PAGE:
Well I thought it was I. transmarina. But not being sure, I sent some photos to Steven Beaty for comment. He replied that it looked like I. dicala. And sure enough that's what it is. Let's have a look at Beaty's description of I. dicala ("The Plecoptera of North Carolina," p. 23), using photos as we go along.
I. dicala -- nymphs ~ 10 mm; apex of lacinia broad although still narrower than base, with row of setae below subapical tooth.
Yes. The apex is narrower than the base, and yes, there are setae (hairs) below the subapical tooth.
He continues, "pale marks anterior to median ocellus sometimes indistinct, sometimes with darker border."
I would not call those marks indistinct on this particular nymph, nor does there appear to be a dark border.
But those characteristics are not always present, and this is a judgment call.
Back to Beaty: "body and abdomen often speckled, particularly posterior segments; dark longitudinal abdominal stripes with very narrow pale borders."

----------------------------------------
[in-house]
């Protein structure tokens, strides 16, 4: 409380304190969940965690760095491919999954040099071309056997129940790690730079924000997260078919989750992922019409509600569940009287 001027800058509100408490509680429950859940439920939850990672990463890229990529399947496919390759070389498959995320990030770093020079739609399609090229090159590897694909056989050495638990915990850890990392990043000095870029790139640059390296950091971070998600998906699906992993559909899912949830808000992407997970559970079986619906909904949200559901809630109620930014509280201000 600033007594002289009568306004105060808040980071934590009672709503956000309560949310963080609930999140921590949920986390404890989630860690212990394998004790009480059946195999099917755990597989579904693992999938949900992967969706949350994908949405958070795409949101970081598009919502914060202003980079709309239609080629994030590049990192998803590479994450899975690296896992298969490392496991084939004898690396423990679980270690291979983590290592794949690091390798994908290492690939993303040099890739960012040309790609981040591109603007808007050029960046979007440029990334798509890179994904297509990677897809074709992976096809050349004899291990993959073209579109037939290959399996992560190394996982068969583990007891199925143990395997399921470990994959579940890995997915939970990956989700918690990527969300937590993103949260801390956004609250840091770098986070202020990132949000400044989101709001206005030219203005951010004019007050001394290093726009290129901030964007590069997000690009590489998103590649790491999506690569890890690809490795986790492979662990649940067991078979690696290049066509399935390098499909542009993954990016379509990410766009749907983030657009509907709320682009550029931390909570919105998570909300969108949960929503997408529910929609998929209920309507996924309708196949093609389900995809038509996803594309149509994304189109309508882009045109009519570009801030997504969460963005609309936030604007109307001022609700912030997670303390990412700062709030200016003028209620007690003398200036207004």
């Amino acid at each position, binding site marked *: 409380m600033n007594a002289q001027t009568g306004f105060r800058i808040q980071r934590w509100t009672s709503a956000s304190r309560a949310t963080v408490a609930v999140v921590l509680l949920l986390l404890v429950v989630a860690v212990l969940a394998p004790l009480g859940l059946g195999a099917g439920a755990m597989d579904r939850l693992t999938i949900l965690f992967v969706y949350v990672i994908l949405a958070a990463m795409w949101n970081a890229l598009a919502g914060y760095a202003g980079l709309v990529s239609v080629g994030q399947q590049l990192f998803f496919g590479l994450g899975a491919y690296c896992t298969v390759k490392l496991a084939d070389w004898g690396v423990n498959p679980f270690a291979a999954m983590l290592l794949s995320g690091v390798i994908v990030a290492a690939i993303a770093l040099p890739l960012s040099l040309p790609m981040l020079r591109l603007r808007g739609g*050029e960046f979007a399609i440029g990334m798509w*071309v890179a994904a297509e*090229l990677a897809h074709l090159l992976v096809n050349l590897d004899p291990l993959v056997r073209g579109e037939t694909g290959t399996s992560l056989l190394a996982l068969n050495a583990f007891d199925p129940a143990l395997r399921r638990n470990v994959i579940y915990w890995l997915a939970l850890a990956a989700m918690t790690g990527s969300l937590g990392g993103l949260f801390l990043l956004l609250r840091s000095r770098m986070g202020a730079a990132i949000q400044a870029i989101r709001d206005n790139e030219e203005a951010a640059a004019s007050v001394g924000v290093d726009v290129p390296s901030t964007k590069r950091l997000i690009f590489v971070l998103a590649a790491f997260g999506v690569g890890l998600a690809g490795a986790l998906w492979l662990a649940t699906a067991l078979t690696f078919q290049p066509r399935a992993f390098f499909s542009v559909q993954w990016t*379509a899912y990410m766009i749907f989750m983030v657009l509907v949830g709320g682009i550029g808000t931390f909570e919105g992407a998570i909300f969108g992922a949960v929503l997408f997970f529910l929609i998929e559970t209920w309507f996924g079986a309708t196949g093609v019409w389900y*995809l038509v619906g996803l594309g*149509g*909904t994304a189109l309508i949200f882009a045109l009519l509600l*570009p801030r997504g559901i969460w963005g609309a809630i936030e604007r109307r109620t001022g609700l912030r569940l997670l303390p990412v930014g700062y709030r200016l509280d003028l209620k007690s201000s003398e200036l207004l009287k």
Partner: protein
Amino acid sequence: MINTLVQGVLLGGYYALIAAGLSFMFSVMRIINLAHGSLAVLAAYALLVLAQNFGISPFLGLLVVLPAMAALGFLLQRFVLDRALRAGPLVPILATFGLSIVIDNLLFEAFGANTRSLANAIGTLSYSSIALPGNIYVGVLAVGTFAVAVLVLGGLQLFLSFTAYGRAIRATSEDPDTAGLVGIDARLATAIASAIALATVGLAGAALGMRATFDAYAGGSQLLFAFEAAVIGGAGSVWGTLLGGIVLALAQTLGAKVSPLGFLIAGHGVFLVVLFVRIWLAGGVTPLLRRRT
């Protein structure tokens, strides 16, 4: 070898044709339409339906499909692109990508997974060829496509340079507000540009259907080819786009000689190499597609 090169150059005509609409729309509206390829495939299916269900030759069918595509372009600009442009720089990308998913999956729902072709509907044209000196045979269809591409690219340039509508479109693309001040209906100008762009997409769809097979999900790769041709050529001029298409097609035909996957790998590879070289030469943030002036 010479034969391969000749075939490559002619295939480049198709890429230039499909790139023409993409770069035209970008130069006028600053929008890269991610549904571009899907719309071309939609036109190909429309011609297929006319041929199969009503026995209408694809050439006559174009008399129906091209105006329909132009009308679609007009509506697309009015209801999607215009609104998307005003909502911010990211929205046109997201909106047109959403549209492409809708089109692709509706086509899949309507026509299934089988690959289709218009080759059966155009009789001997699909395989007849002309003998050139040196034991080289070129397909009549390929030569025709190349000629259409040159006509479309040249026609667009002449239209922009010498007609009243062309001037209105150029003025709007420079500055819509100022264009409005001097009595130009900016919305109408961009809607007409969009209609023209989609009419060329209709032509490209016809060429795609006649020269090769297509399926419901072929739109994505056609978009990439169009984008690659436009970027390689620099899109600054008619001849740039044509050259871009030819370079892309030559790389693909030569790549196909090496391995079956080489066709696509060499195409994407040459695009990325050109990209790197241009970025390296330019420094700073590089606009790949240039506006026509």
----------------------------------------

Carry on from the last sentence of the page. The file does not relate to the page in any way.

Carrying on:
No question about the speckling on the posterior segments, and the pale borders are clear as well.
Isoperla dicala nymphs are "collected from the Mountains and Piedmont during the winter and spring" (Beaty, p. 23). The tolerance value is "undetermined." (For Donald Chandler's photo of I. dicala, go to:
I found two of these nymphs yesterday. Here are photos of the second which, with one antenna broken off, is not as good as I would like. They'll have to do.
Another Isoperla species to add to our list of Perlodid stoneflies found in central Virginia.